Stanley doesn’t quite succeed in conquering his impossible self-imposed brief – certain artists and genres (The Velvet Underground, lots of 90s alt-country stuff) get short shrift from his habit of squeezing less mainstream trends into pithy capsule summaries – but this is still a mightily impressive project, and a very handy reference for things you might catch on the radio and not instantly recognise. And also it’s a fun book to pick fights with. Just don’t slag off The Beach Boys within earshot of the author.

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Mark Lewisohn: The Beatles Tune In

LewisohnBeatlesTuneIn

I’ve not been on here much recently, largely because most of  my free time has been taken up with working my way through Tune In, Mark Lewisohn’s new history of The Beatles up to the end of 1962. This is one enormous slab of a book in itself but even at 840 pages plus introduction, notes and index it’s only the first third of something even bigger called All These Years which will surely be the last word on this already copiously written about group (the other two volumes are in preparation). Incredibly, this doorstop is the streamlined, edited version of Lewisohn’s work – I thought I was a Beatles obsessive, but even I balk at the extended edition which is twice as long and is currently going for about a thousand pounds on Amazon (or about forty quid on Kindle). Is there really anything more to be said on this subject that hasn’t been comprehensively covered already?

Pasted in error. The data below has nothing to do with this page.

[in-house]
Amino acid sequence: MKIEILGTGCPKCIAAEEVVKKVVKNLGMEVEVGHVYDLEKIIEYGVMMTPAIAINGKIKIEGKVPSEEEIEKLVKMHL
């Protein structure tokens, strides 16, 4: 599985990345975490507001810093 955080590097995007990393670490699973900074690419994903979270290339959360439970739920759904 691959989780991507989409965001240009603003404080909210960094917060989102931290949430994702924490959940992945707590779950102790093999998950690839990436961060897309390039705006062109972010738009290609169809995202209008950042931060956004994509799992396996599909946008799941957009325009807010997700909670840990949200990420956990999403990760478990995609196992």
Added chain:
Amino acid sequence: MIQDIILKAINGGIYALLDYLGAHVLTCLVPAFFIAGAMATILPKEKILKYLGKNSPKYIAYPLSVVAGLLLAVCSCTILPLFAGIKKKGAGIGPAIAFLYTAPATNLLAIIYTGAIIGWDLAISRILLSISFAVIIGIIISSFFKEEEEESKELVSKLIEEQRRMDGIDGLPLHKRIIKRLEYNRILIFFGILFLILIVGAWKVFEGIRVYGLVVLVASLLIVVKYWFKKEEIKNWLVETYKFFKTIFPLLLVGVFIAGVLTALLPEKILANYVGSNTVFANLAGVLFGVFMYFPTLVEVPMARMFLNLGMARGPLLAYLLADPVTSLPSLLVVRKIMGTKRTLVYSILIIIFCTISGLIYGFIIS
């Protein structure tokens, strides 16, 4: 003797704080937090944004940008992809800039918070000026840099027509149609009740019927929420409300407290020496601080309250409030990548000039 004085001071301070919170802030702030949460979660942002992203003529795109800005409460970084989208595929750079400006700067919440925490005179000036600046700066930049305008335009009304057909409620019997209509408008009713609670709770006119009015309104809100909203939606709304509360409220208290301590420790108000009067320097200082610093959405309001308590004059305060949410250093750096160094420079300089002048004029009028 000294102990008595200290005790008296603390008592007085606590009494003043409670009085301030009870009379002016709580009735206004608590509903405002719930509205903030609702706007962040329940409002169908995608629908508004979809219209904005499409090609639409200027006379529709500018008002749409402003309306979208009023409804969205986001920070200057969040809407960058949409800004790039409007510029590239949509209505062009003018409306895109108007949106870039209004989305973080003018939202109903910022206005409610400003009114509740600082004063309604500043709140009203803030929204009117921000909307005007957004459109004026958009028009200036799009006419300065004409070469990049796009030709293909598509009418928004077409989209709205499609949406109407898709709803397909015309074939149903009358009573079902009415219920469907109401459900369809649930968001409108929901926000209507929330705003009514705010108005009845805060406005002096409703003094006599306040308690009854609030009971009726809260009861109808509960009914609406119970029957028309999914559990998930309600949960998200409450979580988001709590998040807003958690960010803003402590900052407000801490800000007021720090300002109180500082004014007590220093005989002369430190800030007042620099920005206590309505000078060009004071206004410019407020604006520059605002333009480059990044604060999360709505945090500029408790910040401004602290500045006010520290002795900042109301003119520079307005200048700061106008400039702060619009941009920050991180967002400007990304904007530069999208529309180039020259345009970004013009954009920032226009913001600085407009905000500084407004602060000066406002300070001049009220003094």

As it turns out: yes, actually, there is. Despite its sheer weight making it a bit of an awkward read anywhere except in an armchair or at a lectern Tune In is, presuming you’ve got a healthy interest in its subject, a real page-turner. It’s written in a clear, accessible style and while Lewisohn doesn’t skimp on presenting the fruits of his formidable research into, for example, the family backgrounds of these boys and the myriad professional and amateur bands working around Liverpool and Hamburg at the time the book hardly ever gets bogged down into dry and unreadable fine detail. Personally, I found the only hard parts to get through were those concerning managerial and publishing contracts but these bits are there for a reason: I never knew before that pressure from a music publisher was one of the deciding factors in George Martin going against his better judgement and allowing the group to release one of their own compositions as their first single. This decision was pretty remarkable. Lennon and McCartney had written dozens of songs together as teenagers but it simply wasn’t the done thing to play your own stuff live and almost all of these were never used – it seems that they didn’t revive their songwriting in any serious way until after they’d secured their recording contract with EMI and had a real possibility of stamping their personalities on the records via the use of their own material.